Philosophy is a disciplined search for knowledge. It investigates what is real and true. Ethics is a branch of philosophy which asks “What ought we do?” It rigorously challenges us to think critically, assess knowledge, and form criteria for making personal decisions as well as decisions which shape community and national standards of action. Ethics is the applied branch of philosophy. It’s not just theory. It affects real decisions, real people, in the real world. In this course we will investigate the field of ethics from a multicultural and international perspective. We’ll start with basic ethical theories and proceed to use these theories to learn about and evaluate some of the major ethical issues in the world on topics such as poverty, justice, war, rights, discrimination, etc.
This course provides a basic introduction to the application of digital and computational technology to the study of the humanities, arts, and social sciences. Students will engage with theories and practices of the digital and computational humanities and the process of using computing skills towards the study of humanities-based issues and topics. This course will integrate foundational liberal arts skills of critical thinking, analysis, and written communication with key understandings of digital technology concepts such as data representation and visualization, digital archives, mapping, and text-mining. Students will be introduced to the process of digital engagement with cultural materials and reflect on the practical application of digital techniques to sociocultural inquiry.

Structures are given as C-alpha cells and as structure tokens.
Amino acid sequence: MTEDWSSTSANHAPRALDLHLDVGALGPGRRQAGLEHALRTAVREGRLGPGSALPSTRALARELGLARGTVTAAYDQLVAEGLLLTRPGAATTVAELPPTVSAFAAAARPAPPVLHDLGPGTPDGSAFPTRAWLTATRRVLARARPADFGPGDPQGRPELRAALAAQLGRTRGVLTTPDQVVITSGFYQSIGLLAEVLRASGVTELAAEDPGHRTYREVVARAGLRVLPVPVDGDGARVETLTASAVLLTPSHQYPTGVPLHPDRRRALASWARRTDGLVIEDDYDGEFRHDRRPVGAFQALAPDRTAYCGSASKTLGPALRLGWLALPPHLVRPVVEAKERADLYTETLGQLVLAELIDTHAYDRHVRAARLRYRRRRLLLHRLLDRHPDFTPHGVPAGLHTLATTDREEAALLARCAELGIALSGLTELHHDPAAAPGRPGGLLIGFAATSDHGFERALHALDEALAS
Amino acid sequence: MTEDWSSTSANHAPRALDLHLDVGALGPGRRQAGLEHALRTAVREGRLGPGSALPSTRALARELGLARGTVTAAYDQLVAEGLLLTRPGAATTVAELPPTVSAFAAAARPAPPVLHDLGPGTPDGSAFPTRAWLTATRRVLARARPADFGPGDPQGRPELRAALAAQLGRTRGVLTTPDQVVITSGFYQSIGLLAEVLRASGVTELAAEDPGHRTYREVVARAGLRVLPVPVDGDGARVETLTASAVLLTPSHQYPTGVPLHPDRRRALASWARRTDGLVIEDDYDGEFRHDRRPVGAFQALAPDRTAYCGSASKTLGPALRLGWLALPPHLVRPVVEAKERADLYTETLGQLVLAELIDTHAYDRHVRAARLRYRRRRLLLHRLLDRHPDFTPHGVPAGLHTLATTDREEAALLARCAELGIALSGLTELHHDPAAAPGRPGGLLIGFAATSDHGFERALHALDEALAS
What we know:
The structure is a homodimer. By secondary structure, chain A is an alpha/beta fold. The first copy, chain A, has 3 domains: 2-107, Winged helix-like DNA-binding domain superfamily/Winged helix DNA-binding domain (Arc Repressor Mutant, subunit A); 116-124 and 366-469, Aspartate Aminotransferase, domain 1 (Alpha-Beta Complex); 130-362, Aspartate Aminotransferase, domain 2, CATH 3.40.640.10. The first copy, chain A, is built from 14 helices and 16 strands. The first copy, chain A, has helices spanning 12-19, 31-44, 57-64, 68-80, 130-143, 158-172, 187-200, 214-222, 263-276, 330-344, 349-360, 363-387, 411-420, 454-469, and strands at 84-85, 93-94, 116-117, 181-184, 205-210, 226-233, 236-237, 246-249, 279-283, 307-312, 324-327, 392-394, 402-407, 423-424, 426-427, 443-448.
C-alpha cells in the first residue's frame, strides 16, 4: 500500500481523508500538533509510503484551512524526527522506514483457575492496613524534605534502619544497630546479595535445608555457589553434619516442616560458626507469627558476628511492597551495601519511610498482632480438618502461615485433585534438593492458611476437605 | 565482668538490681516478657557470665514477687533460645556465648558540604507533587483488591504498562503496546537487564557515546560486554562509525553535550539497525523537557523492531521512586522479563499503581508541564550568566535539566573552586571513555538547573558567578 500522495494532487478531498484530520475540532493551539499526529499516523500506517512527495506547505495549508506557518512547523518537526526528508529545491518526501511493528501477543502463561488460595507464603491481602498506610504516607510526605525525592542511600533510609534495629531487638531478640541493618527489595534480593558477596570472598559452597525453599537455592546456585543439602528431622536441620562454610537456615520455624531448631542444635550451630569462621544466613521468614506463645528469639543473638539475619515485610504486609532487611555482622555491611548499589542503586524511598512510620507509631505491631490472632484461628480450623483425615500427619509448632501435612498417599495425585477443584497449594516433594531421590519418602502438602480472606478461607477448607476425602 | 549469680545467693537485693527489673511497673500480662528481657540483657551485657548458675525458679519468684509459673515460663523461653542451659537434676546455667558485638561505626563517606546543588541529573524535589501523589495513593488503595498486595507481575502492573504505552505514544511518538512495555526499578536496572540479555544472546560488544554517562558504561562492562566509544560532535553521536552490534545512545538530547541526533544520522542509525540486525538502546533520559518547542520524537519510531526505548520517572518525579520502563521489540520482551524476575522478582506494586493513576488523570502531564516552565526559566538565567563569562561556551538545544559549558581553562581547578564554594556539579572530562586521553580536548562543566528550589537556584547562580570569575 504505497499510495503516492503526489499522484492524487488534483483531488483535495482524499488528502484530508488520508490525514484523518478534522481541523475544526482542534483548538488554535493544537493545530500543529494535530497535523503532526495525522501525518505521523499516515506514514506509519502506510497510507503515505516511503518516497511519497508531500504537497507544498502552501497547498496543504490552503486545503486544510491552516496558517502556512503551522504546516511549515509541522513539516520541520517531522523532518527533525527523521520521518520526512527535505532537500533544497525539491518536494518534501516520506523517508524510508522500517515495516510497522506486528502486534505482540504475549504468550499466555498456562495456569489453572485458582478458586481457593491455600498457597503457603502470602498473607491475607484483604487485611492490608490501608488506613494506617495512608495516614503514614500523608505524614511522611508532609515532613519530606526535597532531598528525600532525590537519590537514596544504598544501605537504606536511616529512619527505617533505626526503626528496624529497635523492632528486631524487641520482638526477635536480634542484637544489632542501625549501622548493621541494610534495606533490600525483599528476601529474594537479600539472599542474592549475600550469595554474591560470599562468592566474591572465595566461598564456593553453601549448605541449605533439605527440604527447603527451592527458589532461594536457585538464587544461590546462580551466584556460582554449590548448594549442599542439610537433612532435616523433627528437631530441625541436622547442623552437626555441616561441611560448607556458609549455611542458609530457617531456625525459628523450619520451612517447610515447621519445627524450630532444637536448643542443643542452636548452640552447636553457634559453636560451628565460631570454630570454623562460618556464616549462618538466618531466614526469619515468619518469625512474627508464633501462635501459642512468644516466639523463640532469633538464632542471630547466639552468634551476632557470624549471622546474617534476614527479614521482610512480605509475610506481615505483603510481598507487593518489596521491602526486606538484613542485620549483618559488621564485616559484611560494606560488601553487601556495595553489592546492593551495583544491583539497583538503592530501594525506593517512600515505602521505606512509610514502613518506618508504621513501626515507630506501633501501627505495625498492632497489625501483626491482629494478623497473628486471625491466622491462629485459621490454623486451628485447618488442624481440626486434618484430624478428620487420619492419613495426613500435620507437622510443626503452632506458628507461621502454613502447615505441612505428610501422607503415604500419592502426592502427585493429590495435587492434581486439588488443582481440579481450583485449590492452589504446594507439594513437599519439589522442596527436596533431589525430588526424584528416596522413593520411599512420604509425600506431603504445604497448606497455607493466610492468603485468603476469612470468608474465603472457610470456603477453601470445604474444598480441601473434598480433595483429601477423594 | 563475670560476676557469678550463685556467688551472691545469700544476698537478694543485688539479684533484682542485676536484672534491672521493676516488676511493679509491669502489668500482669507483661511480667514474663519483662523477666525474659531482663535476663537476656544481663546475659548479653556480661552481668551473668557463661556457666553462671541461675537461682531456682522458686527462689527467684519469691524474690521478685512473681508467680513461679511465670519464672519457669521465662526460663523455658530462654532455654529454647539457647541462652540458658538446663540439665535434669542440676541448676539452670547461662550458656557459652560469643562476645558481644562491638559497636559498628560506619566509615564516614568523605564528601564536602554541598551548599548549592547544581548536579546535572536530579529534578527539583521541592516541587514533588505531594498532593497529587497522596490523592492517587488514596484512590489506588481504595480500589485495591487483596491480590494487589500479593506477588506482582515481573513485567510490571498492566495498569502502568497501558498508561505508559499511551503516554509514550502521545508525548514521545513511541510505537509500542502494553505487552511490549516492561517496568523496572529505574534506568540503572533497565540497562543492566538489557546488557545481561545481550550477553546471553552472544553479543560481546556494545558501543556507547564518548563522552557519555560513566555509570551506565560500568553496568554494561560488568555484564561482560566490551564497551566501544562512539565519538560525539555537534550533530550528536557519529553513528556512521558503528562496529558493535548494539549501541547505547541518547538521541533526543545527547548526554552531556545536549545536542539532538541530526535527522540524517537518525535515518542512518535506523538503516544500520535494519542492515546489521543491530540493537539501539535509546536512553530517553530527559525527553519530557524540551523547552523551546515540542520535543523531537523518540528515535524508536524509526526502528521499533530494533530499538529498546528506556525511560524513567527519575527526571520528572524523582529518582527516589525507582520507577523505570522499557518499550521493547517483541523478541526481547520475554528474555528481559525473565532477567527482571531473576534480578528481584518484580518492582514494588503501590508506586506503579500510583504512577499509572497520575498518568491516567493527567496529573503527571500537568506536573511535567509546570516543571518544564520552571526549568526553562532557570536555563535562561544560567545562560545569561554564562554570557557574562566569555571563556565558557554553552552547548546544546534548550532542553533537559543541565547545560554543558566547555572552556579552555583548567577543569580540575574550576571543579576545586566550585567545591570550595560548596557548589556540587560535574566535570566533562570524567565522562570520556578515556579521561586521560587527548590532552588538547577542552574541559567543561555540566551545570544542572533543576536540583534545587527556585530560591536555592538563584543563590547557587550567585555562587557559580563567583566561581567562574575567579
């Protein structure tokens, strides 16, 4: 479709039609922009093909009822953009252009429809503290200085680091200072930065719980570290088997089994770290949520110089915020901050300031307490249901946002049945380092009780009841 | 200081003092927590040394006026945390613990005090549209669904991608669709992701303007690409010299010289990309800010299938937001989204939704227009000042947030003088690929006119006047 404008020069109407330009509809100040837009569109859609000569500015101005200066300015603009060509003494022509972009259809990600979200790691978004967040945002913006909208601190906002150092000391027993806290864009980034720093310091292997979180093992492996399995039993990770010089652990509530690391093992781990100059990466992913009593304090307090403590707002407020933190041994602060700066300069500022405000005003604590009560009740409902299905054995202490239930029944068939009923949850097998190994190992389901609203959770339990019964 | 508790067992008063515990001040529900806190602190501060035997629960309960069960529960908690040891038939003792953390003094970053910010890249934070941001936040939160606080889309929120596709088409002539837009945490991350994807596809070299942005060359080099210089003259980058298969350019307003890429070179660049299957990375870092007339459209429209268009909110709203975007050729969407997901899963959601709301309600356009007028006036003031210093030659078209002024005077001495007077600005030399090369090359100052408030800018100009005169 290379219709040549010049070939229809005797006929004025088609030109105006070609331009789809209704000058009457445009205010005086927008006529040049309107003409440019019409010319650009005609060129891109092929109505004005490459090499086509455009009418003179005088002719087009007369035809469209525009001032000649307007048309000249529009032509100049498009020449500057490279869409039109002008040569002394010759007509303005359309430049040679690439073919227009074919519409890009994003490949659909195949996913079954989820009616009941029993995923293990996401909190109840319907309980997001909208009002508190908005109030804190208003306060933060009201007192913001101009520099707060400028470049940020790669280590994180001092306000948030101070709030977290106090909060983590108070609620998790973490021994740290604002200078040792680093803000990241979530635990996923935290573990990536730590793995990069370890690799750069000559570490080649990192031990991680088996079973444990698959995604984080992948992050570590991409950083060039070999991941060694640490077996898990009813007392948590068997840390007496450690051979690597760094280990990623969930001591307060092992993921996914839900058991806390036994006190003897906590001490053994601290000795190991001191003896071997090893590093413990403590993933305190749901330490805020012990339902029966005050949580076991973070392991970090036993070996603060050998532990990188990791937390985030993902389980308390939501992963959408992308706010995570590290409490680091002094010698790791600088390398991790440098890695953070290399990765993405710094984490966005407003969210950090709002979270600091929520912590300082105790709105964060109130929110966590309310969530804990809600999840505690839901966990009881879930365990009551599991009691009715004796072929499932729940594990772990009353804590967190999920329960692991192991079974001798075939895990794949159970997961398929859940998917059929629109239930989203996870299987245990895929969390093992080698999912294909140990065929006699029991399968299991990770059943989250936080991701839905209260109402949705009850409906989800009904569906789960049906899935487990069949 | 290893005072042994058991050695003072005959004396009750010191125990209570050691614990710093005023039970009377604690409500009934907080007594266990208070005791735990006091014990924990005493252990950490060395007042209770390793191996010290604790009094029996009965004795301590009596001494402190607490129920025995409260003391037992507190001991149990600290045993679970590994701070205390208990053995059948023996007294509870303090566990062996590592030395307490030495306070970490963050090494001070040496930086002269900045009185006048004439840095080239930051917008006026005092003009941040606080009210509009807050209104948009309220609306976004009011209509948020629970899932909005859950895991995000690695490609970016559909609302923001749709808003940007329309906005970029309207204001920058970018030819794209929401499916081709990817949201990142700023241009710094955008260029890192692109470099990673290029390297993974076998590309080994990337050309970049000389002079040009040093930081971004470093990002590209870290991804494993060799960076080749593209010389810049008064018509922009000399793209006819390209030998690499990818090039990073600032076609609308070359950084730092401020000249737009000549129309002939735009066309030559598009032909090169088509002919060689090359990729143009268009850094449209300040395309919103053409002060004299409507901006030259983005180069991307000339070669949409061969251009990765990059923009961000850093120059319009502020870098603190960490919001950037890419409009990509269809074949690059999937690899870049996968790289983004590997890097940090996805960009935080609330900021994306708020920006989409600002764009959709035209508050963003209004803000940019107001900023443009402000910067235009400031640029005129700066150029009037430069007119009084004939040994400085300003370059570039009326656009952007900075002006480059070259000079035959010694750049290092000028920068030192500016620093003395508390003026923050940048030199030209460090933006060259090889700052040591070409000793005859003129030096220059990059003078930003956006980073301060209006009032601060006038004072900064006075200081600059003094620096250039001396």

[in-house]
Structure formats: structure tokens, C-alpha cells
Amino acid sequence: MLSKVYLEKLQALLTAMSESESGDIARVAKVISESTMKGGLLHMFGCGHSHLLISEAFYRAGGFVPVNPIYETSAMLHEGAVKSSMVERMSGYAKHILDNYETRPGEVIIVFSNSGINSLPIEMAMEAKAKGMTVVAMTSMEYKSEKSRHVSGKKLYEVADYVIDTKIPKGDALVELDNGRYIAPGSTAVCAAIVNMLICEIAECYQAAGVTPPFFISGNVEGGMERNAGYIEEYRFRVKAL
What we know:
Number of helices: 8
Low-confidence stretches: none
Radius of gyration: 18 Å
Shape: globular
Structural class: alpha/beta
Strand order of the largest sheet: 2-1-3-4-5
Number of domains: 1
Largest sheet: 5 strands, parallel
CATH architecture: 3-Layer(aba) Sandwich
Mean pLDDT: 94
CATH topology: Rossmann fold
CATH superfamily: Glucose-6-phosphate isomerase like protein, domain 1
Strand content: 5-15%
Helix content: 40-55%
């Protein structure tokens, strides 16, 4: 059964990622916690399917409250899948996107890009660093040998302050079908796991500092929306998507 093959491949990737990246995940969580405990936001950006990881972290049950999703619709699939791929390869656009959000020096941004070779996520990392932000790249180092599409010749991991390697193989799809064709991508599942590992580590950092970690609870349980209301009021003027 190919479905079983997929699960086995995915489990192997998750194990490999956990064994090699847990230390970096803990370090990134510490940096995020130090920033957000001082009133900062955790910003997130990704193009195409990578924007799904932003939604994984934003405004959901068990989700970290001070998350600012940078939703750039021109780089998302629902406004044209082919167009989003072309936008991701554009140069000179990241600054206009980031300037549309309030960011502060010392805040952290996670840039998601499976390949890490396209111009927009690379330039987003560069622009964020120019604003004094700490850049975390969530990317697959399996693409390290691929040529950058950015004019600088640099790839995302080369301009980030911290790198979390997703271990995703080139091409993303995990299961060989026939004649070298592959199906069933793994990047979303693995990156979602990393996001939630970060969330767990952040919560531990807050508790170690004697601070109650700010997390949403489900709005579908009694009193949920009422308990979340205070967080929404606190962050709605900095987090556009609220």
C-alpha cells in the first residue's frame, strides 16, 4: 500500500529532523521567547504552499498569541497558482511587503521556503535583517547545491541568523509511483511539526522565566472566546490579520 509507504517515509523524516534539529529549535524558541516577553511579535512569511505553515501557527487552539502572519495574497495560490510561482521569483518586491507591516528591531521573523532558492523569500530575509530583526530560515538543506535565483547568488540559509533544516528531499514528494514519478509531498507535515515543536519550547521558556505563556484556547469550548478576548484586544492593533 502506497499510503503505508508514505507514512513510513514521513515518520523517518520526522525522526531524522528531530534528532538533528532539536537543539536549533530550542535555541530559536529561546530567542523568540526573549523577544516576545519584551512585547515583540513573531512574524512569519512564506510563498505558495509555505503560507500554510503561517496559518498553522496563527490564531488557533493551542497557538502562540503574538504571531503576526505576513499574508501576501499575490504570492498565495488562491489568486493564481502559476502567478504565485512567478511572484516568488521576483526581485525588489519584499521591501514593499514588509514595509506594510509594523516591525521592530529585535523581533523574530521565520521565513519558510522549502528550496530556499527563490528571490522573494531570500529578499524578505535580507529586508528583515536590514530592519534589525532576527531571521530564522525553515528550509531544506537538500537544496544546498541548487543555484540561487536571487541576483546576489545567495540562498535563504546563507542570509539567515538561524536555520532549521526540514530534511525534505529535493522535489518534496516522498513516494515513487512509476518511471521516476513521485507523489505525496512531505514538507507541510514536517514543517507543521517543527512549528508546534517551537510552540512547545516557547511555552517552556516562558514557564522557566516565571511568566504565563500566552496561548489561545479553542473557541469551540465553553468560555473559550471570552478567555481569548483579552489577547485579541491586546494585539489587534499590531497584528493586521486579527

This course explores the Puerto Rican Migration to the communities of the Connecticut River Valley. The class has been designed to be flexible in structure to introduce multimedia resources including review of literature, films, poetry, dance, cooking, site visits and interactions with community members to provide a historical and cultural framework. Students will develop leadership skills through presentations, and their engagement in a service learning project at a local community based organization.